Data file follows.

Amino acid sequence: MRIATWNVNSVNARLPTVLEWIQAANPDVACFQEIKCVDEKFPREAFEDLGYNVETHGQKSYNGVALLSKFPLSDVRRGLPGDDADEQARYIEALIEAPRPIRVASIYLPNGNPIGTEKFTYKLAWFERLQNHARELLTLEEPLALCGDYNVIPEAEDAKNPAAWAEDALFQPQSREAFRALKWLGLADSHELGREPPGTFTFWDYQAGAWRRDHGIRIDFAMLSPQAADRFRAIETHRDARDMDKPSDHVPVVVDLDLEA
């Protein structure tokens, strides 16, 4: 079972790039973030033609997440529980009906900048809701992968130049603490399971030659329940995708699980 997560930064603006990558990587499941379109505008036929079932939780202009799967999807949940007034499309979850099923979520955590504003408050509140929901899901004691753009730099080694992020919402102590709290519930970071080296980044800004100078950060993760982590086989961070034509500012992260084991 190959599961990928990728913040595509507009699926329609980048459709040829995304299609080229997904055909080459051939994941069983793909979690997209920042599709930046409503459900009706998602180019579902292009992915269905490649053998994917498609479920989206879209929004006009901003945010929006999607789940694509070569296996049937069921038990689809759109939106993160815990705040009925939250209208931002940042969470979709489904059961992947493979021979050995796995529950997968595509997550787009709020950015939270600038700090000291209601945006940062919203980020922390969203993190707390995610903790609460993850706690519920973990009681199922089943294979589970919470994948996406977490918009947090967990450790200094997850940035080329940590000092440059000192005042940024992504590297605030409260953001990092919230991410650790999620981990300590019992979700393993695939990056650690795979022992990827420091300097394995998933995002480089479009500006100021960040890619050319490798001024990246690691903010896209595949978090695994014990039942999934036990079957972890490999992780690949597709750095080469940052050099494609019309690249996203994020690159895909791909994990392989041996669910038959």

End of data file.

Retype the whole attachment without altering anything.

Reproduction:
Amino acid sequence: MRIATWNVNSVNARLPTVLEWIQAANPDVACFQEIKCVDEKFPREAFEDLGYNVETHGQKSYNGVALLSKFPLSDVRRGLPGDDADEQARYIEALIEAPRPIRVASIYLPNGNPIGTEKFTYKLAWFERLQNHARELLTLEEPLALCGDYNVIPEAEDAKNPAAWAEDALFQPQSREAFRALKWLGLADSHELGREPPGTFTFWDYQAGAWRRDHGIRIDFAMLSPQAADRFRAIETHRDARDMDKPSDHVPVVVDLDLEA
């Protein structure tokens, strides 16, 4: 079972790039973030033609997440529980009906900048809701992968130049603490399971030659329940995708699980 997560930064603006990558990587499941379109505008036929079932939780202009799967999807949940007034499309979850099923979520955590504003408050509140929901899901004691753009730099080694992020919402102590709290519930970071080296980044800004100078950060993760982590086989961070034509500012992260084991 190959599961990928990728913040595509507009699926329609980048459709040829995304299609080229997904055909080459051939994941069983793909979690997209920042599709930046409503459900009706998602180019579902292009992915269905490649053998994917498609479920989206879209929004006009901003945010929006999607789940694509070569296996049937069921038990689809759109939106993160815990705040009925939250209208931002940042969470979709489904059961992947493979021979050995796995529950997968595509997550787009709020950015939270600038700090000291209601945006940062919203980020922390969203993190707390995610903790609460993850706690519920973990009681199922089943294979589970919470994948996406977490918009947090967990450790200094997850940035080329940590000092440059000192005042940024992504590297605030409260953001990092919230991410650790999620981990300590019992979700393993695939990056650690795979022992990827420091300097394995998933995002480089479009500006100021960040890619050319490798001024990246690691903010896209595949978090695994014990039942999934036990079957972890490999992780690949597709750095080469940052050099494609019309690249996203994020690159895909791909994990392989041996669910038959």